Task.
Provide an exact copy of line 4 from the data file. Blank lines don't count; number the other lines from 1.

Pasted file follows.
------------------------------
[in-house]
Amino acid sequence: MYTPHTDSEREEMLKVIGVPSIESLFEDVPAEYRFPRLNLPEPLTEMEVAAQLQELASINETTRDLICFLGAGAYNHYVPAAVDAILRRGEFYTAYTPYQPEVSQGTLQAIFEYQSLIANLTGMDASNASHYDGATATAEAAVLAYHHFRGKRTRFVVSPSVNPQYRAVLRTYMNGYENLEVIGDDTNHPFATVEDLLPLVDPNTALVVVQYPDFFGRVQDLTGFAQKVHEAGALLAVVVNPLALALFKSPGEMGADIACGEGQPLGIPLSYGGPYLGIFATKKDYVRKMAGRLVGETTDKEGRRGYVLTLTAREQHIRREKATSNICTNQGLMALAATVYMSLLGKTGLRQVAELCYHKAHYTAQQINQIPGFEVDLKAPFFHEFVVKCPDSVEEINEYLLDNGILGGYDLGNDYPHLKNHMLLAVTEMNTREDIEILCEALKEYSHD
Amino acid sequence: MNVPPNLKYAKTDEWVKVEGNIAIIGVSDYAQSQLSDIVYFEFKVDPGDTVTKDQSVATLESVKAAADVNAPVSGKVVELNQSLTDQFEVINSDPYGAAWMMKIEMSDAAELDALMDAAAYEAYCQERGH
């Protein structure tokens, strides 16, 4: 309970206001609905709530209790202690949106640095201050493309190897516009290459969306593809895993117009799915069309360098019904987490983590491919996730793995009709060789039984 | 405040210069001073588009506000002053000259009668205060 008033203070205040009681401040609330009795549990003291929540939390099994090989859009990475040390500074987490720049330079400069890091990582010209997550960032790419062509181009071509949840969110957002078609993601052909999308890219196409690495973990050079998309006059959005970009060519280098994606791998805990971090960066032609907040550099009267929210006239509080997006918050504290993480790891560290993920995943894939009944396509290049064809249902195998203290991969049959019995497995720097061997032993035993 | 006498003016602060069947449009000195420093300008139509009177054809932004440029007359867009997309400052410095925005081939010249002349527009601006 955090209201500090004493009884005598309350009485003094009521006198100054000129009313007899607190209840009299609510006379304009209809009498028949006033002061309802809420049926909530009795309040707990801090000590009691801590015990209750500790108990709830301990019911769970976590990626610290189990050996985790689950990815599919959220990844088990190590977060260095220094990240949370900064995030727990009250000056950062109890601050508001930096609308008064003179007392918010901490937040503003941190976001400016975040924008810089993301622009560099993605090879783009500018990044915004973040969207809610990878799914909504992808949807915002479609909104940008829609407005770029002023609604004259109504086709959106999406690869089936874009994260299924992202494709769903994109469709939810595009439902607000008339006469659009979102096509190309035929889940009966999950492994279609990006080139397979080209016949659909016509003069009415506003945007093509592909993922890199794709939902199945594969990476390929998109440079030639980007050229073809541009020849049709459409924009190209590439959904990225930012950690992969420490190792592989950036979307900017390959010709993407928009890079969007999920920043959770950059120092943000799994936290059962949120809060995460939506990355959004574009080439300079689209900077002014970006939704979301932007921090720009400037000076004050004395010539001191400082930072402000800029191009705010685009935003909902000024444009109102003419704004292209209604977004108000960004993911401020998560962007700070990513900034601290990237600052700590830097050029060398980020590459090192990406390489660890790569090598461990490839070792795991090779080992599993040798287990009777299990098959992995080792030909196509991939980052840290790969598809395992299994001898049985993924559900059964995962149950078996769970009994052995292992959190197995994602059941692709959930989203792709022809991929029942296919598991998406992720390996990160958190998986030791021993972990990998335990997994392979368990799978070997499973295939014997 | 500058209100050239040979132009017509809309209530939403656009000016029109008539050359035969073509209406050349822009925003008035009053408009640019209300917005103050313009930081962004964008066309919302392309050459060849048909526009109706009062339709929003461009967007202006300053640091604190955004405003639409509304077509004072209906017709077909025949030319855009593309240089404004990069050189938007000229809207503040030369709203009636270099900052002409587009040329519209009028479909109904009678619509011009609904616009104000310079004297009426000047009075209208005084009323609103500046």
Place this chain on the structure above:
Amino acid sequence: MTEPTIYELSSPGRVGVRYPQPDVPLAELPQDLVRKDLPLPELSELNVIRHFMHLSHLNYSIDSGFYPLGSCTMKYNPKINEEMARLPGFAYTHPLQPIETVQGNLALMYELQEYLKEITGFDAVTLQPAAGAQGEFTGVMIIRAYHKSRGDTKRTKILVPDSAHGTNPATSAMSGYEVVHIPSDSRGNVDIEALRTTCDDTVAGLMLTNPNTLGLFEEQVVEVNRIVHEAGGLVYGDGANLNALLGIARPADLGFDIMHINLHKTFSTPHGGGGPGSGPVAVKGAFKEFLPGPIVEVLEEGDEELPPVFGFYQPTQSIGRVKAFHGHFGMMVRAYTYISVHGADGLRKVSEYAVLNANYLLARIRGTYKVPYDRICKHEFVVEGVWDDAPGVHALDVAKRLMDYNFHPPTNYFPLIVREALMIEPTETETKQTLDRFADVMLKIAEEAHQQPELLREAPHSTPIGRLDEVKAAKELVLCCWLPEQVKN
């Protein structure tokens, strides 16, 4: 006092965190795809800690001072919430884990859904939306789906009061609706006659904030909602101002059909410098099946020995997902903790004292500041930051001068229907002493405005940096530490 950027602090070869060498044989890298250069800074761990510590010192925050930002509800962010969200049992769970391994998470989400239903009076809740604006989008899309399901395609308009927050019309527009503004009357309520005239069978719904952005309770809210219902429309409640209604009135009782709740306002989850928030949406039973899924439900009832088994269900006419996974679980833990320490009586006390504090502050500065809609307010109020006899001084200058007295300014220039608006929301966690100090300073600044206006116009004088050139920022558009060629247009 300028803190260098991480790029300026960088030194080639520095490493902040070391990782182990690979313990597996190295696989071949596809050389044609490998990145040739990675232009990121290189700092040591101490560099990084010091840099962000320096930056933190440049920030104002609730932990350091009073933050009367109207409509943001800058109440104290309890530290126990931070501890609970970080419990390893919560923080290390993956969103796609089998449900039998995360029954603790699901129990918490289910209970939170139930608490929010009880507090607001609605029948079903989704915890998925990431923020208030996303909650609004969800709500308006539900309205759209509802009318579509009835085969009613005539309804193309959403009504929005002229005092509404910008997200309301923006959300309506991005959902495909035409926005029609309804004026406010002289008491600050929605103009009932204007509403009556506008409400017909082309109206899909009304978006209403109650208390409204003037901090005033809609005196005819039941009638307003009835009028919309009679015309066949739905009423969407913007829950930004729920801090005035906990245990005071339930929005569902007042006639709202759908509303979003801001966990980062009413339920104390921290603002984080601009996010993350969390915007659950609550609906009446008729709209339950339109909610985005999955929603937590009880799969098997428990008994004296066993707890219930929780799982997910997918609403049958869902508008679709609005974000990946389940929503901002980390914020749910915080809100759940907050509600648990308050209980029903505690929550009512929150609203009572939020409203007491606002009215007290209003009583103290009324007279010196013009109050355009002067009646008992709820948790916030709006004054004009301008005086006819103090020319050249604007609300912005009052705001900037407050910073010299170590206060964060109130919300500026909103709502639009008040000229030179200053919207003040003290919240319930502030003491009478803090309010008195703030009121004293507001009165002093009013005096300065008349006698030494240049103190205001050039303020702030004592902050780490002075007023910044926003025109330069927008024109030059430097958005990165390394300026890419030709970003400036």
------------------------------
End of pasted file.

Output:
């Protein structure tokens, strides 16, 4: 309970206001609905709530209790202690949106640095201050493309190897516009290459969306593809895993117009799915069309360098019904987490983590491919996730793995009709060789039984 | 405040210069001073588009506000002053000259009668205060 008033203070205040009681401040609330009795549990003291929540939390099994090989859009990475040390500074987490720049330079400069890091990582010209997550960032790419062509181009071509949840969110957002078609993601052909999308890219196409690495973990050079998309006059959005970009060519280098994606791998805990971090960066032609907040550099009267929210006239509080997006918050504290993480790891560290993920995943894939009944396509290049064809249902195998203290991969049959019995497995720097061997032993035993 | 006498003016602060069947449009000195420093300008139509009177054809932004440029007359867009997309400052410095925005081939010249002349527009601006 955090209201500090004493009884005598309350009485003094009521006198100054000129009313007899607190209840009299609510006379304009209809009498028949006033002061309802809420049926909530009795309040707990801090000590009691801590015990209750500790108990709830301990019911769970976590990626610290189990050996985790689950990815599919959220990844088990190590977060260095220094990240949370900064995030727990009250000056950062109890601050508001930096609308008064003179007392918010901490937040503003941190976001400016975040924008810089993301622009560099993605090879783009500018990044915004973040969207809610990878799914909504992808949807915002479609909104940008829609407005770029002023609604004259109504086709959106999406690869089936874009994260299924992202494709769903994109469709939810595009439902607000008339006469659009979102096509190309035929889940009966999950492994279609990006080139397979080209016949659909016509003069009415506003945007093509592909993922890199794709939902199945594969990476390929998109440079030639980007050229073809541009020849049709459409924009190209590439959904990225930012950690992969420490190792592989950036979307900017390959010709993407928009890079969007999920920043959770950059120092943000799994936290059962949120809060995460939506990355959004574009080439300079689209900077002014970006939704979301932007921090720009400037000076004050004395010539001191400082930072402000800029191009705010685009935003909902000024444009109102003419704004292209209604977004108000960004993911401020998560962007700070990513900034601290990237600052700590830097050029060398980020590459090192990406390489660890790569090598461990490839070792795991090779080992599993040798287990009777299990098959992995080792030909196509991939980052840290790969598809395992299994001898049985993924559900059964995962149950078996769970009994052995292992959190197995994602059941692709959930989203792709022809991929029942296919598991998406992720390996990160958190998986030791021993972990990998335990997994392979368990799978070997499973295939014997 | 500058209100050239040979132009017509809309209530939403656009000016029109008539050359035969073509209406050349822009925003008035009053408009640019209300917005103050313009930081962004964008066309919302392309050459060849048909526009109706009062339709929003461009967007202006300053640091604190955004405003639409509304077509004072209906017709077909025949030319855009593309240089404004990069050189938007000229809207503040030369709203009636270099900052002409587009040329519209009028479909109904009678619509011009609904616009104000310079004297009426000047009075209208005084009323609103500046």